If you weren’t confused about AT&T’s long-range vision for television, you might be now.

Company CEO Randall Stephenson said today that AT&T will launch a wireless-based TV service over a Broadband network late this year or early 2018, writes Telecompetitor.com. 

Yeah, that’s right. AT&T already offers DIRECTV Now, a live streaming service that delivers dozens of channels over the Internet. But Stephenson said this new venture would be available via a specific wireless network. (DIRECTV Now can be accessed on any Internet service.)

See today’s hottest discounts in Consumer Electronics!

Stephenson did not say if the wireless network will be AT&T’s or one from another company.

“We will be ambivalent as to whose broadband,” Stephenson said, according to Seeking Alpha, the financial site. “(It’s)… a software-based platform we are delivering that will not require a satellite dish on the roof, and a very thin client in the home, rather than a big set-top-box, …a very thin client, and all the DVR and all the replay capabilities will be largely cloud-based. And so, we are developing this very, very quickly, taking DIRECTV Now and leveraging it into a scalable platform that goes into the home as the primary service. We are launching a beta of this in the fourth quarter of this year. And you will see us begin to roll the service out as we get into 2018. And we are actually really excited about this, because you suddenly take the customer acquisition costs of somebody having traditional video service in their home, you take that installation cost down dramatically, and again, you can begin to work the yields for the customer without destroying margins.”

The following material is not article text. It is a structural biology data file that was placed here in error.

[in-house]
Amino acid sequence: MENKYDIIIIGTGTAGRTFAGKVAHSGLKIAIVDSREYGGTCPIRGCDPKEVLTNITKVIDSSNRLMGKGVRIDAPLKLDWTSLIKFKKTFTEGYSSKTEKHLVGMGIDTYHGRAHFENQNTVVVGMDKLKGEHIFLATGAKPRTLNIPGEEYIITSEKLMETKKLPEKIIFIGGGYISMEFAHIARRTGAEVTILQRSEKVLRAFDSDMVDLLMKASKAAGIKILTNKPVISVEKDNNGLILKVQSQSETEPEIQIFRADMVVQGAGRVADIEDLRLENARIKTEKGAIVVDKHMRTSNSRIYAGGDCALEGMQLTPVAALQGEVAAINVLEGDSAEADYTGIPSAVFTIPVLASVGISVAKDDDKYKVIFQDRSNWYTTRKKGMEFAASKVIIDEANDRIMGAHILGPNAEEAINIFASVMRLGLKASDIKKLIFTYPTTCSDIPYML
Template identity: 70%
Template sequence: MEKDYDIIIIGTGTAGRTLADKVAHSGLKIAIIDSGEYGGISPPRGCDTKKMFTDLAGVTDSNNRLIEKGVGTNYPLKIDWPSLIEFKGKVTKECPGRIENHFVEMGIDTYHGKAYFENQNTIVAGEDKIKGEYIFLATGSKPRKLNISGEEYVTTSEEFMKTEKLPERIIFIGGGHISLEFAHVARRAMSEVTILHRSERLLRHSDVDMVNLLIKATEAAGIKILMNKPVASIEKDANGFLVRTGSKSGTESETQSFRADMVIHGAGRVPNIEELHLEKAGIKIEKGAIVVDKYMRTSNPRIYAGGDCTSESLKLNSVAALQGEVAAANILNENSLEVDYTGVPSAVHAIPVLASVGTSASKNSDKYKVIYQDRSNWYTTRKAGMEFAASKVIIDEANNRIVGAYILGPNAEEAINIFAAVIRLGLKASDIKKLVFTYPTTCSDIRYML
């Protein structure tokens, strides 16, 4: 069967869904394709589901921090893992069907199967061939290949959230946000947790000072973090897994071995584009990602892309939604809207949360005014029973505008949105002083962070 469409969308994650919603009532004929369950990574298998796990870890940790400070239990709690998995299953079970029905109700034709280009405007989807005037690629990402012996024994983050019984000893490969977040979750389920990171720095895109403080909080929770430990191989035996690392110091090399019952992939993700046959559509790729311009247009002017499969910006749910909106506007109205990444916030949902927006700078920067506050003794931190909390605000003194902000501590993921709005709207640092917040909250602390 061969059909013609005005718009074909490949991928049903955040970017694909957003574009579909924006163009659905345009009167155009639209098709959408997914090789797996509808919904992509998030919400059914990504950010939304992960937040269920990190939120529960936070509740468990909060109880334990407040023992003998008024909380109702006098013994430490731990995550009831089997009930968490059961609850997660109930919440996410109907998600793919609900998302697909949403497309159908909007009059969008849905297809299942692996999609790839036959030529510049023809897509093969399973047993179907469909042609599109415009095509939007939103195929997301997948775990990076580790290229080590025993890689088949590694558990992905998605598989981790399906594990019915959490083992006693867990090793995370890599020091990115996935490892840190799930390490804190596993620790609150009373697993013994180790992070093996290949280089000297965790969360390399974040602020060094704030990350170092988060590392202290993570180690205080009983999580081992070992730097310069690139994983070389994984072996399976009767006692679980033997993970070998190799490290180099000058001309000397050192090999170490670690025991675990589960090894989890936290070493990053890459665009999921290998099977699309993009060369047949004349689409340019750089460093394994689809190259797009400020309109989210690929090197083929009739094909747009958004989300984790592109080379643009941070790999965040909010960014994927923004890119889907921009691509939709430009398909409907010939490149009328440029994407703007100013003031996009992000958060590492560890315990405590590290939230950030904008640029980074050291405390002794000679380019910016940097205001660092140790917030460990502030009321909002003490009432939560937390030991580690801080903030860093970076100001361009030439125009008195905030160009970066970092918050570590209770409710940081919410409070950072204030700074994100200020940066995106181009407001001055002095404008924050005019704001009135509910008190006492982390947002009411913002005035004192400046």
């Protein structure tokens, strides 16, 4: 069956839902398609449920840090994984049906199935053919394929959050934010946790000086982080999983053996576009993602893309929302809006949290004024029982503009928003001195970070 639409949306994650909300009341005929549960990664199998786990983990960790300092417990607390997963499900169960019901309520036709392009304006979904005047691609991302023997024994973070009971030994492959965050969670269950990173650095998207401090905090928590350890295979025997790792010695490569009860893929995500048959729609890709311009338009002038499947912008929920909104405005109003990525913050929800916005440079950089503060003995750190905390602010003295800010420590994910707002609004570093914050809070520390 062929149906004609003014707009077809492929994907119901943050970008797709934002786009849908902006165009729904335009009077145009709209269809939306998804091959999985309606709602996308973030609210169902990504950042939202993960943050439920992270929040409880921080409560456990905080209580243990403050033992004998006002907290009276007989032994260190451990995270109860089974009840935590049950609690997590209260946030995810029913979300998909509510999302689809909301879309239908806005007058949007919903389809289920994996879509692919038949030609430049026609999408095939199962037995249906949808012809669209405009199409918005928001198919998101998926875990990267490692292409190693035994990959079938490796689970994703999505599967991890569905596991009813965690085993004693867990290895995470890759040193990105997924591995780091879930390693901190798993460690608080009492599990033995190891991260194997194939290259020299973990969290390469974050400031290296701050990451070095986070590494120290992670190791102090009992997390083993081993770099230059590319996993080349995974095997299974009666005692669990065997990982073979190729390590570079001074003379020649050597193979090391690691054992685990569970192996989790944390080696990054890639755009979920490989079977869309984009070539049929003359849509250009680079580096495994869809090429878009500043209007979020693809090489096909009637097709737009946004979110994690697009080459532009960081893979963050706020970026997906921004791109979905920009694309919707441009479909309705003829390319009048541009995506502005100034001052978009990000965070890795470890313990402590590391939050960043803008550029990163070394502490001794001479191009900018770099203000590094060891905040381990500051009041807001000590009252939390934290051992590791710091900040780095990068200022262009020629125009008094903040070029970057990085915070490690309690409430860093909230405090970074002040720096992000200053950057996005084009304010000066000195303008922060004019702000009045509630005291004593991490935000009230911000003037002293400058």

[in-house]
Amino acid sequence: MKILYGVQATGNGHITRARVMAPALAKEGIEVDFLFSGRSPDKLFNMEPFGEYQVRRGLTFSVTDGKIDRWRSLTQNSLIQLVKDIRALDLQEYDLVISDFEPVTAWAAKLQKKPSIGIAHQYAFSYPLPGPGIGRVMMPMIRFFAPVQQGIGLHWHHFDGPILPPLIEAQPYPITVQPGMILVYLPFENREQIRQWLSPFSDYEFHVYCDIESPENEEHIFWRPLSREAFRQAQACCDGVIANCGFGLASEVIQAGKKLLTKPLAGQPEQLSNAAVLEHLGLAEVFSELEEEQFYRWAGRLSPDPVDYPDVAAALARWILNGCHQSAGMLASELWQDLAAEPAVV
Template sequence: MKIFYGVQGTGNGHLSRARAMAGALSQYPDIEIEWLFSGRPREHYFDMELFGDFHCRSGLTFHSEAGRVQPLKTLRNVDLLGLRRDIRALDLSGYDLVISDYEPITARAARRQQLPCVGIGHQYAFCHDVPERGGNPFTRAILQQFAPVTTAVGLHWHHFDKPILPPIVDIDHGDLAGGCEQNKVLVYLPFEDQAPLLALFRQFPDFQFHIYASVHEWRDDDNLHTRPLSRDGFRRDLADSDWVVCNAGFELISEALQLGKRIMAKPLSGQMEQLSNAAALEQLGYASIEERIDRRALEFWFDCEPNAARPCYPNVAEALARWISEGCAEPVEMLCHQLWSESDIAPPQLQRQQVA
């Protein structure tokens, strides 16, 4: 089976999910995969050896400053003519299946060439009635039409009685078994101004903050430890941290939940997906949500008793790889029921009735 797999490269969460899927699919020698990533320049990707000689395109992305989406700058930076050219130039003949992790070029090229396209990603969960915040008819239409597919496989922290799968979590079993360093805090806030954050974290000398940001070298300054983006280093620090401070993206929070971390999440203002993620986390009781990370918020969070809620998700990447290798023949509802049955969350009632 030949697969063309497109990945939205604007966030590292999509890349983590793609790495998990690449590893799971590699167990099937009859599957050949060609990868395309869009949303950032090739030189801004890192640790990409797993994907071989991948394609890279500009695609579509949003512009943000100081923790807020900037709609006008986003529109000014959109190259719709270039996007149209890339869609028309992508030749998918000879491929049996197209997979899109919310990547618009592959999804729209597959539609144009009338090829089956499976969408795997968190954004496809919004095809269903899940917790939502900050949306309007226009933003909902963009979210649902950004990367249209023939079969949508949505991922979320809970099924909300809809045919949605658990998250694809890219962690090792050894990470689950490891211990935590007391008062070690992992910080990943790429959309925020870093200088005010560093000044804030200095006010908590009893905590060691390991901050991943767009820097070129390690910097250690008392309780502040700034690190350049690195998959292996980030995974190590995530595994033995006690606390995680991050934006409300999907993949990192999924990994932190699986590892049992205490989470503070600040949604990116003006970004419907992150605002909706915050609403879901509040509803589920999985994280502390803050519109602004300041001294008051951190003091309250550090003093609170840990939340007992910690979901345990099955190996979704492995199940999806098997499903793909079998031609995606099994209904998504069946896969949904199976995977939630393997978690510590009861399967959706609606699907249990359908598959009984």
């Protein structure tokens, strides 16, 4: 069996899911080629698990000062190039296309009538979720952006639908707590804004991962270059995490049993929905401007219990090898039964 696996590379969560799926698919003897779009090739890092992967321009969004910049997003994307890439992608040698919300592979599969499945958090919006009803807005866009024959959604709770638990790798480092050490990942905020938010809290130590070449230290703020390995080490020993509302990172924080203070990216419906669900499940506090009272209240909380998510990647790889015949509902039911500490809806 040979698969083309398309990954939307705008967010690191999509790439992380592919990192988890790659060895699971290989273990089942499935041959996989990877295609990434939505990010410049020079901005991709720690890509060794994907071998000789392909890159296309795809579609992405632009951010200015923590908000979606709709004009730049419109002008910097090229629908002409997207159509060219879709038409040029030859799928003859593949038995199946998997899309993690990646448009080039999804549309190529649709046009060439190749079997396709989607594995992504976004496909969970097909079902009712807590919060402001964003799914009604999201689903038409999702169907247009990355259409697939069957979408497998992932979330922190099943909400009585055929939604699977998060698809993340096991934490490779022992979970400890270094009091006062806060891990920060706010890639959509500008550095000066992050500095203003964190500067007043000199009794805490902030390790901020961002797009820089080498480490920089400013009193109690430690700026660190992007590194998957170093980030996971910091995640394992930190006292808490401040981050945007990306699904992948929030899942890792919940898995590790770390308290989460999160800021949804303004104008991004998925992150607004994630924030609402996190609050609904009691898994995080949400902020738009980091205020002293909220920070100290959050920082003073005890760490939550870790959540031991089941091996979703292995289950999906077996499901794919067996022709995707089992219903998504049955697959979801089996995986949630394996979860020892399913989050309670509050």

The executive acknowledged the programming offering on the wireless network will be similar to DIRECTV Now which presumably would continue to operate outside of the wireless network.

Blu-ray Movies: Under $10 each at Amazon.com

Stephenson, who made his remarks at the Goldman Sachs investors conference in New York, added that his company believes that Internet-based TV needs to replace DIRECTV’s satellite service, although he did not offer any timetable for that transition.

Considering that DIRECTV has more than 20 million dishes across the United States, it would seem unlikely that AT&T would go all-Internet anytime soon. (But maybe I’m just confused here.)

Another concern: All live streaming services have been plagued by recurring technical errors, particularly buffering and picture freezing during high-trafficked events. If AT&T were to only offer Internet TV, many subscribers would likely to drop now because of the inconsistency of the technology.

But Stephenson said future technologies, particularly 5G, will soon resolve those technical issues. The company has been testing 5G on DIRECTV Now in select markets.

The executive said the eventual transition from satellite to Internet is necessary because satellite is too costly with the average subscriber now paying more than $100 a month. DIRECTV Now, which does not require as much infrastructure maintenance as the satellite division, offers monthly fees ranging from $35 to $70.

Blu-ray Movies: Under $10 each at Amazon.com

Another concern for AT&T: The company still has U-verse, a TV service which delivers programming via an Internet Protocol Television system to roughly four million homes. AT&T has said it wants to transition those subscribers to DIRECTV, the satellite service, but it may have to begin moving them to the Internet TV services.

DIRECTV. DIRECTV Now. U-verse. And the upcoming wireless TV service. It’s getting crowded in AT&T’s video division.

— Phillip Swann